All told there are 275 hours of lessons across all of the different levels and courses. It is a lot, but the nice thing with Babbel is that you can jump around from level to level or course to course.
You’re not forced to follow a strict progression through the material, which can be a time saver if you feel like you’ve mastered an area.
Breakdown Of The Babbel Spanish Lessons
So now that you know how the program is structured, let’s dive into what the lessons themselves are actually like. And I’ll start by saying this: they’re very short.
As mentioned above, each one is only about 10 to 15 minutes long, and they go by super fast. This is generally so because each lesson is made up of several quick-hit, interactive drills and exercises.
For the first two minutes of the lesson, you might be listening to new words or phrases and then repeating them back through your microphone. Then the lesson will quickly transition into a digital flashcards drill for a few minutes, followed by a short grammatical or conjugation lesson.
Then you’ll move into a drill to reconstruct words or phrases by using your keyboard, and afterwards you might be asked to complete a fill-in-the-blank exercise by following a mock conversation.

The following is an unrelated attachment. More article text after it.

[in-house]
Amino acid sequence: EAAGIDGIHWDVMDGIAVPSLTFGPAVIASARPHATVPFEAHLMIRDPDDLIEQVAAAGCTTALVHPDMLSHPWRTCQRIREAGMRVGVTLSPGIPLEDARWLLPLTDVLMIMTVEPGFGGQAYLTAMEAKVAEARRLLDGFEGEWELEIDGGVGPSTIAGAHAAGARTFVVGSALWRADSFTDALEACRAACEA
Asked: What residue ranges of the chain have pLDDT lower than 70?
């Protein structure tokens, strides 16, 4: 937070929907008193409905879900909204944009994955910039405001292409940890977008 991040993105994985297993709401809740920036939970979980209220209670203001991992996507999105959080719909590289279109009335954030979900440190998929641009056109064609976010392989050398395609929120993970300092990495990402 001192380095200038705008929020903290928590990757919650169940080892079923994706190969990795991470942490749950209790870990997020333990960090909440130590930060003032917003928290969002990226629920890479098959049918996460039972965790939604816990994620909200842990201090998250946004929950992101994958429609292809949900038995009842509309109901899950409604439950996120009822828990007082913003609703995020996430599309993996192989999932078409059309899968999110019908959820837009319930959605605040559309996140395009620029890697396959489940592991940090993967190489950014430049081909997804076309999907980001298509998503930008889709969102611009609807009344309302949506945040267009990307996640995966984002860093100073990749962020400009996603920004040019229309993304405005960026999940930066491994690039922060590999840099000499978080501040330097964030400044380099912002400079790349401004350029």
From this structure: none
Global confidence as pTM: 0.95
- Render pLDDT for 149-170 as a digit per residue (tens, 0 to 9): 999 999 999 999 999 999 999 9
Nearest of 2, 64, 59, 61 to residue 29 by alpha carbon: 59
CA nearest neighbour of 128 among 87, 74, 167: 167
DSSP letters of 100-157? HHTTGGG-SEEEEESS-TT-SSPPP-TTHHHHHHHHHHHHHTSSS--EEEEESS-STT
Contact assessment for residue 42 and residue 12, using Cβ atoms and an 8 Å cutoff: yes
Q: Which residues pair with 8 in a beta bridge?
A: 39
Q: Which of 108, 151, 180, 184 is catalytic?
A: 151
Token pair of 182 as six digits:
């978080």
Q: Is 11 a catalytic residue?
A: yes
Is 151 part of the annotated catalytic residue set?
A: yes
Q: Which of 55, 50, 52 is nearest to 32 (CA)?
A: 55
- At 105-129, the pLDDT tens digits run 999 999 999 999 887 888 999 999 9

It’s just a very fast moving, blended approach, which I really appreciate. I like how Babbel throws the same content at you in a variety of different ways, which really forces you to interact with the material. And as a result, you really don’t get bored.
Babbel does a great job holding your attention and making the learning process sort of fun. So from the perspective of overall lesson quality, I have to give Babbel props here.
I definitely prefer the variety and quick-hit, engaging format of their lessons to those from competitors like Rosetta Stone, which kind of hit you over the head with the same type of exercise over and over again.
Babbel Spanish Live Classes
It is also worth noting that Babbel does offer live classes. To be clear, these classes are not included in Babbel’s standard subscription – you have to pay extra.
But in short, the company offers hundreds of small-group live classes per week across all different learning levels. Each class is capped at just 6 students per class, so they actually do fill up sort of fast and you have to reserve your spot. Though I would just mention that most seem to be available right up until an hour or two before the time of the class.
Each class is typically 60 minutes long and covers all sorts of different topics, from learning about holidays, to architecture, to painting in Spain. It really does vary widely and you can go down some serious rabbit holes.
But the nice thing is that since there are so many classes, you can basically pick the days and times that work for you and drop-in and out of the classes as you please. As mentioned, I didn’t have any real issue with this.